The chronicle of the so-called "Anonymous Conqueror" was written sometime in the sixteenth century, entitled in an early twentieth-century translation to English as Narrative of Some Things of New Spain and of the Great City of Temestitan (i.e. Tenochtitlan). Rather than it being a petition for rewards for services, as many Spanish accounts were, the Anonymous Conqueror made observations about the indigenous situation at the time of the conquest. The account was used by eighteenth-century Jesuit Francisco Javier Clavijero in his descriptions of the history of Mexico.
On the indigenous side, the allies of Cortés, particularly the Tlaxcalans, wrote extensively about their services to the Spanish Crown in the conquest, arguing for special privileges for themselves. The most important of these are the pictorial Lienzo de Tlaxcala and the Historia de Tlaxcala by Diego Muñoz Camargo. Less successfully, the Nahua allies from Huexotzinco (or Huejotzinco) near Tlaxcala argued that their contributions had been overlooked by the Spanish. In a letter in Nahuatl to the Spanish Crown, the indigenous lords of Huejotzinco lay out their case in for their valorous service. The letter has been published in Nahuatl and English translation by James Lockhart in We People Here: Nahuatl Accounts of the Conquest of Mexico in 1991. Texcoco patriot and member of a noble family there, Fernando Alva Ixtlilxochitl, likewise petitioned the Spanish Crown, in Spanish, saying that Texcoco had not received sufficient rewards for their support of the conquistadors, particularly after the Spanish were forced out of Tenochtitlan.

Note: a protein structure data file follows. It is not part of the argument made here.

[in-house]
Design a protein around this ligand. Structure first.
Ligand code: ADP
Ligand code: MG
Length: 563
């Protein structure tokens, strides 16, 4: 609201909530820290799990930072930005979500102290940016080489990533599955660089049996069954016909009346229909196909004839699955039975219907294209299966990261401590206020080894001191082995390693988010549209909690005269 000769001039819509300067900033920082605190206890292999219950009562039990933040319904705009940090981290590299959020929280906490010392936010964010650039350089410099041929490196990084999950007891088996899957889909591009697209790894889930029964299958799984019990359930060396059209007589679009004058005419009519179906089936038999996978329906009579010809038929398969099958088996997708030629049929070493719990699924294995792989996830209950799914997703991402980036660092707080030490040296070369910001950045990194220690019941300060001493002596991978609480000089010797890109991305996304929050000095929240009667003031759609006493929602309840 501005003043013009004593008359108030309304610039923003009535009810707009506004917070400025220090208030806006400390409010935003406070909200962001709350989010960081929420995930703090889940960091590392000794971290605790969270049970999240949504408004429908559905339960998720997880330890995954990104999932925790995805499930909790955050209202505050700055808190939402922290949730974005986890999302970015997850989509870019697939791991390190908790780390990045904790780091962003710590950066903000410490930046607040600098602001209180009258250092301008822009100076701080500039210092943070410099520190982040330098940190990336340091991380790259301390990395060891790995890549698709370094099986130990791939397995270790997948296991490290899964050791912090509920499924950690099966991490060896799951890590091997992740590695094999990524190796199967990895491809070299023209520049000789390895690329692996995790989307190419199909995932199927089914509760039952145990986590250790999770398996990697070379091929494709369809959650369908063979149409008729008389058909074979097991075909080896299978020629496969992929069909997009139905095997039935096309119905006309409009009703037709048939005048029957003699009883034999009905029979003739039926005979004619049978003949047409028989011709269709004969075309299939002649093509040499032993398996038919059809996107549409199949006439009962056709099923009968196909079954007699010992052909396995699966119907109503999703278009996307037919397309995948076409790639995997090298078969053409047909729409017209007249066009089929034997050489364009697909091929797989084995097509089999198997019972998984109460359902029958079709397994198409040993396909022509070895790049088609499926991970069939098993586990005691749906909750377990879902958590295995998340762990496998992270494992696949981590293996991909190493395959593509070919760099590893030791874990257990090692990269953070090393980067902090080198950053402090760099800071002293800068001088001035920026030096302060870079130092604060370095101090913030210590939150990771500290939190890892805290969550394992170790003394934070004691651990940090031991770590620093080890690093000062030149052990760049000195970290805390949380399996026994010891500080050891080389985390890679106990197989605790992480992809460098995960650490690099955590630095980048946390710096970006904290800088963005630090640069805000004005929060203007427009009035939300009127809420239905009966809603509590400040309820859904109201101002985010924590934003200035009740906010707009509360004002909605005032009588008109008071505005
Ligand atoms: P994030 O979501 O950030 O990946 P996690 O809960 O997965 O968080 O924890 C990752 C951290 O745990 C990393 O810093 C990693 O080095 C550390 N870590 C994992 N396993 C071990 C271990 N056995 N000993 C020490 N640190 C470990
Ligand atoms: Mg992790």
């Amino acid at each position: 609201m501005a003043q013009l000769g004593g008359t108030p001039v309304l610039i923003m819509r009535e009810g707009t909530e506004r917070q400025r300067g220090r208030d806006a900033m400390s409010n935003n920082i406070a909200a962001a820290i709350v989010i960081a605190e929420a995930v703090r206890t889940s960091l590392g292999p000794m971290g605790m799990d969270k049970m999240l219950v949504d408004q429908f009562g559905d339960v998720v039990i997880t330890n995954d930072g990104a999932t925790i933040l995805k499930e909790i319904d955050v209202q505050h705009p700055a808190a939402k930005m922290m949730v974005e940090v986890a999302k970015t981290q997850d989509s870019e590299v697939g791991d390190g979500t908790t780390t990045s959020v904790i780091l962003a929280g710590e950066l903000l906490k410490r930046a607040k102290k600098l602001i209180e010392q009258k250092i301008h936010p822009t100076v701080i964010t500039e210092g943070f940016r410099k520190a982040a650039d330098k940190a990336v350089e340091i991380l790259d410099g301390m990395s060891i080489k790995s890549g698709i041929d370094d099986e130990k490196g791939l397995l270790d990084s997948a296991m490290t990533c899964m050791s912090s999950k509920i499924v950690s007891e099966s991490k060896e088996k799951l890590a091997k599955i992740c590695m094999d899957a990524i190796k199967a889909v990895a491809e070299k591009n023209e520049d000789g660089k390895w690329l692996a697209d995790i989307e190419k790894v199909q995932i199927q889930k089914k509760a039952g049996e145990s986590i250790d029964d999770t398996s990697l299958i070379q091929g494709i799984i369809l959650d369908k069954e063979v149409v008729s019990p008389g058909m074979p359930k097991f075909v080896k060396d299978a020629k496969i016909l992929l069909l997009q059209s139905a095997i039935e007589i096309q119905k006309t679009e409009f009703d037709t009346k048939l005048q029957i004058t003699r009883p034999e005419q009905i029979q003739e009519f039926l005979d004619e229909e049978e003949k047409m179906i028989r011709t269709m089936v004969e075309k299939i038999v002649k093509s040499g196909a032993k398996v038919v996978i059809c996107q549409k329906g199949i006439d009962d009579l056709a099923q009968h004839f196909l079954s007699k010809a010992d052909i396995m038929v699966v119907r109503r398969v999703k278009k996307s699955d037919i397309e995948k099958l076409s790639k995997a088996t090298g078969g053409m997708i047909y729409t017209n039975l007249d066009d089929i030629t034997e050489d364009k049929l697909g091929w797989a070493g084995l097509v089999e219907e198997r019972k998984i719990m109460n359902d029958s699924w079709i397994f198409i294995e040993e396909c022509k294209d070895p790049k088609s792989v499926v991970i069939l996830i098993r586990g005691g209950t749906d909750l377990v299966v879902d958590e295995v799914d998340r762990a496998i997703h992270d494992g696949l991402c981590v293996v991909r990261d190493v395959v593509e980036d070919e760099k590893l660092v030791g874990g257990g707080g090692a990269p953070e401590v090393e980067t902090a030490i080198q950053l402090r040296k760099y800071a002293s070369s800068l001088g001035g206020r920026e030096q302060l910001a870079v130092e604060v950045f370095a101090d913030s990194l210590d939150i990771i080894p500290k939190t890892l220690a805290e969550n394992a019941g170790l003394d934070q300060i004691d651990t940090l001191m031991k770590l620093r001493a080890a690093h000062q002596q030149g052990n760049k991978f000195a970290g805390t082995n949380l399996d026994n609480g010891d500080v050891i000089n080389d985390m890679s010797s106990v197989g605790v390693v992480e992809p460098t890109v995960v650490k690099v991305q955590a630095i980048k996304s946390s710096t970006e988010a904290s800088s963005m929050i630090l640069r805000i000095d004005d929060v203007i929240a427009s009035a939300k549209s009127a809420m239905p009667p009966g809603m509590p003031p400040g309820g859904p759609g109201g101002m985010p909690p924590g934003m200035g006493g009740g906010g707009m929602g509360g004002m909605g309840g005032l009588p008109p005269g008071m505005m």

The best-known indigenous account of the conquest is Book 12 of Bernardino de Sahagún's General History of the Things of New Spain and published as the Florentine Codex, in parallel columns of Nahuatl and Spanish, with pictorials. Less well-known is Sahagún's 1585 revision of the conquest account, which shifts from the indigenous viewpoint entirely and inserts at crucial junctures passages lauding the Spanish and in particular Hernán Cortés. Another indigenous account compiled by a Spanish friar is Dominican Diego Durán's The History of the Indies of New Spain, from 1581, with many color illustrations.
A text from the Nahua point of view, the Anales de Tlatelolco, an early indigenous account in Nahuatl, perhaps from 1540, remained in indigenous hands until it was published.[when?] An extract of this important manuscript was published in 1991 by James Lockhart in Nahuatl transcription and English translation. A popular anthology in English for classroom use is Miguel León-Portilla's, The Broken Spears: The Aztec Accounts of the Conquest of Mexico from 1992. Not surprisingly, many publications and republications of sixteenth-century accounts of the conquest of Mexico appeared around 1992, the 500th anniversary of Christopher Columbus's first voyage, when scholarly and popular interest in first encounters surged.